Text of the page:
USB ports are funny little things. Compared to the power jack next to it, the USB port gives little or no clue as to what its possible uses are and I’ve been amused to read other blog posts about peoples experimentation (or fear of experimentation) with regard to these jacks.
What’s it for?
Their primary purpose, as far as I’ve come to understand is that they are intended for the game controller that apparently goes along with this unit. I say apparently though as across 10+ flights on planes with these systems I have yet to ever see one of these fabled controllers. So what else can it do? Other thoughts/experiments have involved seeing if it will charge devices – seems so but I’ve only seen one person willing to risk the device as a guinea pig.
At the very least there needs to be a clearer label on this jack to help people understand what to expect from it.
What else could it be for?
The bigger question though is where else could they take this? As is my nature, especially where I’m forced to sit and stare at something for hours and end, my mind wanders into the realm of “What would I like it to do for me?”
Hands down the idea that crosses my mind first is that I want it to let me play MY music or videos. Let me stick my USB key, loaded with MP3s or Videos in and browse/select what I want to watch or listen too. Eventually I wonder if this jack will also be a great mechanism for delivering Internet access on planes. Just plug your PC into it rather than an Ethernet jack.
Remember Me & My Preferences
Where I think the system has the most opportunity is looking at how to integrate Aeroplan and my personal preferences into the Entertainment system. What if, rather than (or even in addition to) an Aeroplan card I could get a USB device that when plugged in would setup the entertainment system with my preferences?
On every flight I see countless people mucking about trying to repeatedly select language preferences – let me set English as a default and have it remember. There’s also a “Fullscreen” option for when you’re watching a video that I have to push again every time I start something new.
Even better, on many of the short hop flights you start a movie but rarely can finish it in one leg. In the same flight, should you stop the movie for one reason or another, you’re prompted to pick up where you left off. On a subsequent flight though you’re forced to start over and fast forward to get to the point you left off – fast forwarding is a tedious process to say the least on these systems. What if that USB key could remember what videos I had been watching and where I left them.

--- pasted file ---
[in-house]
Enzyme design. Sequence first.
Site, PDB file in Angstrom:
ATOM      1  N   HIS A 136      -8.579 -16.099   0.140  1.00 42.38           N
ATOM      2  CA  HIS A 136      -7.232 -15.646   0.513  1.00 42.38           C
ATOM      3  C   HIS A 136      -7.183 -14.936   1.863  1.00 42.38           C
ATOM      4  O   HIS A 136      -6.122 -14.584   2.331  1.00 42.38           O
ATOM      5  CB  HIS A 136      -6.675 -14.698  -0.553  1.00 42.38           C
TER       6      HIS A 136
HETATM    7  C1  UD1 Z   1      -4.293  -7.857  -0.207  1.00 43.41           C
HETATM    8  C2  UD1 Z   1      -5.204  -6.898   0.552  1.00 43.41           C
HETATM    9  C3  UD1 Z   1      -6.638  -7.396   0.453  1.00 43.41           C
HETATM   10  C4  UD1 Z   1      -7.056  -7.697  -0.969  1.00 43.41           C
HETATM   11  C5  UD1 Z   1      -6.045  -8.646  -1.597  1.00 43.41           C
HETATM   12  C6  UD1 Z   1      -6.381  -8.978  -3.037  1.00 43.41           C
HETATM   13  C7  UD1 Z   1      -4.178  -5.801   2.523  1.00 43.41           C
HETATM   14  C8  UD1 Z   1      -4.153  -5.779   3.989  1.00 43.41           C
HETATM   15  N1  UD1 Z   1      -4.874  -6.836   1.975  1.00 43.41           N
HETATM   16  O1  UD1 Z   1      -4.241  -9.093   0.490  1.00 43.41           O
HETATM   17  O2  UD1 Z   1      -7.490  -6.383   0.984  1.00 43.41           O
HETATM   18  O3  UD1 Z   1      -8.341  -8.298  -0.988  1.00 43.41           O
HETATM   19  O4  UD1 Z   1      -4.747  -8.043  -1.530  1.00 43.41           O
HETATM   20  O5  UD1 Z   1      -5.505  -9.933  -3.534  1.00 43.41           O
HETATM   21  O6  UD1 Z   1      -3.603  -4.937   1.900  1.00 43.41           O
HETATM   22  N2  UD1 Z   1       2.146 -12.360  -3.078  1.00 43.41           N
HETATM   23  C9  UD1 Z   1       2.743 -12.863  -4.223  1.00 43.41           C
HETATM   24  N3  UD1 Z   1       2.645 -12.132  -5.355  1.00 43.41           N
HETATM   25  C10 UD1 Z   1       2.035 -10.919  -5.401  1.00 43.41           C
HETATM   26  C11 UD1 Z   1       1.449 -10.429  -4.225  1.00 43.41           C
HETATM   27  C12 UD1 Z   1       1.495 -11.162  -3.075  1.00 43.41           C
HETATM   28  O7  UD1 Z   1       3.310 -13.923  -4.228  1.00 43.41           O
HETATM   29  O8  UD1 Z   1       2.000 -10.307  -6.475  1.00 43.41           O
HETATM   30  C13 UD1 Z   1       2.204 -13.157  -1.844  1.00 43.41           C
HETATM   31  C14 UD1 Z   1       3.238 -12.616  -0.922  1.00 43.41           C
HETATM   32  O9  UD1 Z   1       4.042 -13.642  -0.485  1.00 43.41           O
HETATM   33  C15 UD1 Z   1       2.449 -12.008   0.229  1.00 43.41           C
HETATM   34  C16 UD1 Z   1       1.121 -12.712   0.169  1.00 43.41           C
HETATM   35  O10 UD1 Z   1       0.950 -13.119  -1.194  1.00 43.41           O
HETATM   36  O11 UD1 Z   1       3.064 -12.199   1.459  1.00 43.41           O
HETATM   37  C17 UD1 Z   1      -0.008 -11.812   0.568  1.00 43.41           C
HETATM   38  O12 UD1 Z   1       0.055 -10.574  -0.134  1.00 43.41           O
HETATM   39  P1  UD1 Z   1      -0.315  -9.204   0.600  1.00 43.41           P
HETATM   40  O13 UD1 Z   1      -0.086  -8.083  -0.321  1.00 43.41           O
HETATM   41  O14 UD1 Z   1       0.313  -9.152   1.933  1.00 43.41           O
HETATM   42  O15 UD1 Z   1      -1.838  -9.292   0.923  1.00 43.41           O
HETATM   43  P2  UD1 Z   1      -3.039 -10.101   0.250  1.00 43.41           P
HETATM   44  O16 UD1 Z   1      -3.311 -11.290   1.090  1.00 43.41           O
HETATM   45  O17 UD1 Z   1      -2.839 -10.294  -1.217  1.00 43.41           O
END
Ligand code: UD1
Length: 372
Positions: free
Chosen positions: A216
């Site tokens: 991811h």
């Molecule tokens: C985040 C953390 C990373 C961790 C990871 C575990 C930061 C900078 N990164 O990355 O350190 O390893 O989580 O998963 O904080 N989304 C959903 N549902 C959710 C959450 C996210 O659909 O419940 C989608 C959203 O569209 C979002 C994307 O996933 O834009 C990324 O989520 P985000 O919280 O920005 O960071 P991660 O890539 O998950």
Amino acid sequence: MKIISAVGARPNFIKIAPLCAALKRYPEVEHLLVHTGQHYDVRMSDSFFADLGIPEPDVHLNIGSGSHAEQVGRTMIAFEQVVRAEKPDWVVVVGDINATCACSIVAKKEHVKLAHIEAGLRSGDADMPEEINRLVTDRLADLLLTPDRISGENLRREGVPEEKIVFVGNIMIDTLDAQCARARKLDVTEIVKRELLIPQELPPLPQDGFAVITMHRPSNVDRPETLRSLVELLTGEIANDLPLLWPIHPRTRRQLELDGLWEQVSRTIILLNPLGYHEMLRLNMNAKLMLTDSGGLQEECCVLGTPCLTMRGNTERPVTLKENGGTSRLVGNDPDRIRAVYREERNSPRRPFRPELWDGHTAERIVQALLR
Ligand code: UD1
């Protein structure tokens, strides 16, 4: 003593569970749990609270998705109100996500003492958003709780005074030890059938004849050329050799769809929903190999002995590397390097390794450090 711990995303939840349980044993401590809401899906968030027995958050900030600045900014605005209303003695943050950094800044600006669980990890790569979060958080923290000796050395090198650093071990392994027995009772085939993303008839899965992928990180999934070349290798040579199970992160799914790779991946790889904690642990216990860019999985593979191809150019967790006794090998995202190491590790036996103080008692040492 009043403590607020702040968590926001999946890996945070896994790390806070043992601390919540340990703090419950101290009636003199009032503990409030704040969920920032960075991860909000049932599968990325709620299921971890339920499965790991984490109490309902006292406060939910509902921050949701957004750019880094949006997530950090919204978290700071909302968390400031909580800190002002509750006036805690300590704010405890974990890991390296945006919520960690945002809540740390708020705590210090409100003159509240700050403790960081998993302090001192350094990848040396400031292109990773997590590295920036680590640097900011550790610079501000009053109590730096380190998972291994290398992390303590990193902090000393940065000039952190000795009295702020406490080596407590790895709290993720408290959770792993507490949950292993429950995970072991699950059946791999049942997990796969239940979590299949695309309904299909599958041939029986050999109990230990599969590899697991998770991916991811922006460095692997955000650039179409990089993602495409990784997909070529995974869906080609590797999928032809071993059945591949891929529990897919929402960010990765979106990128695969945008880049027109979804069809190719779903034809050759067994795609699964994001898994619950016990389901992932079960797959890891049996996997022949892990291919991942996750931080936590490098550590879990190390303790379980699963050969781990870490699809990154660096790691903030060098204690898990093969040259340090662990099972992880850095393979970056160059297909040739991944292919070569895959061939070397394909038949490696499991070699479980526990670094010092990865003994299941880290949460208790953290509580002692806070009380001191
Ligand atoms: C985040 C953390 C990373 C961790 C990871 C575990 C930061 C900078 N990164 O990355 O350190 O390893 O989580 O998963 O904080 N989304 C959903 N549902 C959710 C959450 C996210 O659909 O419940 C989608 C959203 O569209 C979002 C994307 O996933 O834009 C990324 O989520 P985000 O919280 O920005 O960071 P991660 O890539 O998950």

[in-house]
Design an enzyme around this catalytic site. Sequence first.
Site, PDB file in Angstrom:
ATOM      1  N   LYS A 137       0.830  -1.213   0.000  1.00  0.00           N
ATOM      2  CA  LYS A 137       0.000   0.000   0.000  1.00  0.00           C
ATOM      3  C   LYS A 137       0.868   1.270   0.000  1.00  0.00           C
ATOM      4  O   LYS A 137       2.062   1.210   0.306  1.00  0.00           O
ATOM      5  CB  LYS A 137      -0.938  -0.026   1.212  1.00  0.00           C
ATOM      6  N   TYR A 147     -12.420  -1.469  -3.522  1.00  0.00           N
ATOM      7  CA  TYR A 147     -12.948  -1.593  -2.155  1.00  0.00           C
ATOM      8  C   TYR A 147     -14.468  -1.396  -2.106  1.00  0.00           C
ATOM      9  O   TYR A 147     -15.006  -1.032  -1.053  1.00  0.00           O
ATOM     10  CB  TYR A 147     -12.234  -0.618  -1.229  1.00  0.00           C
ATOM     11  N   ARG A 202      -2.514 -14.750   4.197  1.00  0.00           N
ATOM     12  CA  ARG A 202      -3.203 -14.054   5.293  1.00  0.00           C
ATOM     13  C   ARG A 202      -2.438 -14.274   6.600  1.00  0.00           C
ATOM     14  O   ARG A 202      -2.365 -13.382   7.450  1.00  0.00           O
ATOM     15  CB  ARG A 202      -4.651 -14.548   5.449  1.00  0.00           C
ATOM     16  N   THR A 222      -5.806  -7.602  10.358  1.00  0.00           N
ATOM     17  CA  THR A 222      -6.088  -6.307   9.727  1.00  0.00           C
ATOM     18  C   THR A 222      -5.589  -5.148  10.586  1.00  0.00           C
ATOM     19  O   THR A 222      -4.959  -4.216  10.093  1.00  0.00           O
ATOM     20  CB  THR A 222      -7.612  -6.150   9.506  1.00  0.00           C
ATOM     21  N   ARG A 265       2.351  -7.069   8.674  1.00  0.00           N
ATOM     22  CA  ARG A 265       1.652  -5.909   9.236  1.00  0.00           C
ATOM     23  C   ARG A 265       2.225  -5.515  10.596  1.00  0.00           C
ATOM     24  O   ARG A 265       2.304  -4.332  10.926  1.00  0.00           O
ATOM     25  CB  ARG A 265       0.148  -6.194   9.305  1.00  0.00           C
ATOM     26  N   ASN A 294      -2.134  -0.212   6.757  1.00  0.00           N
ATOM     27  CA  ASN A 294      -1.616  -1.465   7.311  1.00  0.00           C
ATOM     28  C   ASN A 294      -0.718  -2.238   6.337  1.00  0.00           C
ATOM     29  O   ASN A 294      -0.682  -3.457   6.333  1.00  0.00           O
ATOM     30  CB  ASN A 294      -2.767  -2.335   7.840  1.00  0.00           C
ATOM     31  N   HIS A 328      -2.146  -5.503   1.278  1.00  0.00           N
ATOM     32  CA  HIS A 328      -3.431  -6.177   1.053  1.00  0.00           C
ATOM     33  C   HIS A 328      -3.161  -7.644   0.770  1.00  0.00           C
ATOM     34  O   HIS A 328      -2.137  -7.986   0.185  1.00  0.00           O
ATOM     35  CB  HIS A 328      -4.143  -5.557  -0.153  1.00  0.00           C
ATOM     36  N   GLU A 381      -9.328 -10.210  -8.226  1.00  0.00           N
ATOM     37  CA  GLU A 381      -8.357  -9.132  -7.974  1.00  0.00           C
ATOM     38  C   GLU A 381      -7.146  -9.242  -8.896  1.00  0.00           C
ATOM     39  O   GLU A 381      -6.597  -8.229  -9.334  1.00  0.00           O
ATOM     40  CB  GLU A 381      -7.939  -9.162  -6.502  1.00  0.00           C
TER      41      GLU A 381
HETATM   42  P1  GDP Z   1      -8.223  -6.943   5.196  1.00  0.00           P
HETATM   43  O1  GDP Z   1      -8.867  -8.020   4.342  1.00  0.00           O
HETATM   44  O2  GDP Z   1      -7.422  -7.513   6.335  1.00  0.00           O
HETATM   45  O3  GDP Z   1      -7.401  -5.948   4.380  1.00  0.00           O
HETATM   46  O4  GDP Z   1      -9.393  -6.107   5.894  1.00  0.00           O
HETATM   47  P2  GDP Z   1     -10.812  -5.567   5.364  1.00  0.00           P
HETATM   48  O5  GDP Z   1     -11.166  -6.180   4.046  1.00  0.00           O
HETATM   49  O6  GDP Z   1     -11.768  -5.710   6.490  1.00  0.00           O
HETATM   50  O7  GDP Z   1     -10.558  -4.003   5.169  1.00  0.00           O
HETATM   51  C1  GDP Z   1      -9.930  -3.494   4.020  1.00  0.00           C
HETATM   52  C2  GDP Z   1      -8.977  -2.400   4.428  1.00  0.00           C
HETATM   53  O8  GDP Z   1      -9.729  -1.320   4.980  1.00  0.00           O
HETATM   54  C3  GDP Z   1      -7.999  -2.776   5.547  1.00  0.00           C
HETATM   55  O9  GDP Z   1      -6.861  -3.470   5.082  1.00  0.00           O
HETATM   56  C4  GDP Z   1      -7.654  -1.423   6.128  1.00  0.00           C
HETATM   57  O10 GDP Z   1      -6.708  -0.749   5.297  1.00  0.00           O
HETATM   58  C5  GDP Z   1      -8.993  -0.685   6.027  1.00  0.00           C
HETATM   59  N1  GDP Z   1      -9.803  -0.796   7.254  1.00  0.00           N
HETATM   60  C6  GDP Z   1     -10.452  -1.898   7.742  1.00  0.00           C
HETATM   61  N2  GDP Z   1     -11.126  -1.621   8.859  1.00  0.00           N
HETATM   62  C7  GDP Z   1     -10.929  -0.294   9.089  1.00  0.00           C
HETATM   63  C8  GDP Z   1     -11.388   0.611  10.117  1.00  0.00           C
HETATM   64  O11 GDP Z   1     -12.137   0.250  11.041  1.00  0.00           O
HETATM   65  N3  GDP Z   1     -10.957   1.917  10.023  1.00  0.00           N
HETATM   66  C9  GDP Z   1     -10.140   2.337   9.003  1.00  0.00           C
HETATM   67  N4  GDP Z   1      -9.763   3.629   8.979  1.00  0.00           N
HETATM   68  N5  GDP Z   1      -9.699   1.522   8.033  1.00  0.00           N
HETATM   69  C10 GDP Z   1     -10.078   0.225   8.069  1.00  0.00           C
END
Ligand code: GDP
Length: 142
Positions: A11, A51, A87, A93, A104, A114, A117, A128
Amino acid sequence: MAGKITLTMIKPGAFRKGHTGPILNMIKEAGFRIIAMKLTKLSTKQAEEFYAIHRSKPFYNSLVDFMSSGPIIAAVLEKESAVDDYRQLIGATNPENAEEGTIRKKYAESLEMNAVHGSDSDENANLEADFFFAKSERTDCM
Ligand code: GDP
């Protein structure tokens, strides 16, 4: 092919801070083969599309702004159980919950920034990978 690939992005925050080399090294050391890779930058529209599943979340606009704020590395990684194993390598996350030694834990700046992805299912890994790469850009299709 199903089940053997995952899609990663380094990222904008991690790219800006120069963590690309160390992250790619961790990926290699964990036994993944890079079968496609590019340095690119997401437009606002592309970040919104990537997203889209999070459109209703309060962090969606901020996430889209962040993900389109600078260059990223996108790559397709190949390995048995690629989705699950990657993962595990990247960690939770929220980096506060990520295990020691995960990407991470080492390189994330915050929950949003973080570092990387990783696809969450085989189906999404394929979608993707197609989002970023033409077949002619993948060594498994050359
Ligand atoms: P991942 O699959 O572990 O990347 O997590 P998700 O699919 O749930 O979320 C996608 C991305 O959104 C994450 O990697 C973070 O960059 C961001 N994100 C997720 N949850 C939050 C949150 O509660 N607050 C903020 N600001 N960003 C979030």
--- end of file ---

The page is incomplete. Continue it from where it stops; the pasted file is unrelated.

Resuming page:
Learn from Me
This doesn’t have to all be focused on benefiting “me” either. With a system like this Air Canada gets a whole lot of interesting opportunities too. Which movies or TV shows am I watching? What music am I listening to? How do I consume it? All of these items can help them better choose what content to acquire and make available on the flights (and what ads to show me in the bumpers).
Imagine if their entertainment systems could look at the manifest for a given flight, check the preferences and habits of the known passengers on board and adjust the programming for that flight based on those people.
Listen to Me
There’s also the opportunity to gather or solicit feedback. There’s no reason a system like this couldn’t periodically say “Mr. Coleman, has any address or contact information changed recently?” and allow me to update my account. Service and Maintenance feedback could also be gathered. There’s been many times over the years where I’ve been on a plane where something was broken that affected the quality of my flight – I’ll mention the issue to the crew but if the plane is full there’s typically nothing they can do to help and I’ll take a guess that the issues rarely get noted for someone to look at on the plane’s next stop.
If there’s an issues, I’m going to be sitting with it for 1 to many hours – all the while getting more and more frustrated with it. Depending on the issue it could be several flights before anyone even becomes aware of it and resolves the issue – that’s many unhappy customers. But if I could enter the issue in via a touch screen keypad the benefits trickle out. One – by reporting it into a system rather than telling a person I would actually have more confidence that my issue had been heard and more importantly that it will be resolved.
Combine this with the Aeroplan USB key and suddenly you have a powerful customer satisfaction tool. Picture this, Mr. Smith is sitting in 25D. His seat won’t stay reclined so every time he so much as shifts his weight the seat moves upright again. He punches in the issue into his display. In the crew galley an alert pops up informing an attendant of the issue. The system shows a list of seats that should be empty, but in this case the plane is full. It also shows that Mr. Smith is “Super Elite” status. Depending on the severity of the issue the crew can be given discretion on how to respond – maybe it’s just acknowledgement of the issue that’s needed, perhaps a “can I get you a complimentary drink?” or better still a “Mr. Smith, please come with me” that leads to an empty seat in Business class to help keep a frequent flyer happy.
When the plane lands at the next airport, all of this information can be transferred across to the central servers and maintenance crews can be immediately alerted to quick fix issues and get them resolved faster – down the road it would be possible for the issues to be sent out mid-flight so crews can actually be ready to fix it as soon as the plane arrives. Less downtime, healthier planes and happier customers – how can they go wrong?
It’s amazing how a little time and an unlabeled port can make the mind wander . Now if only I could stick the USB key in and hit “Publish Post”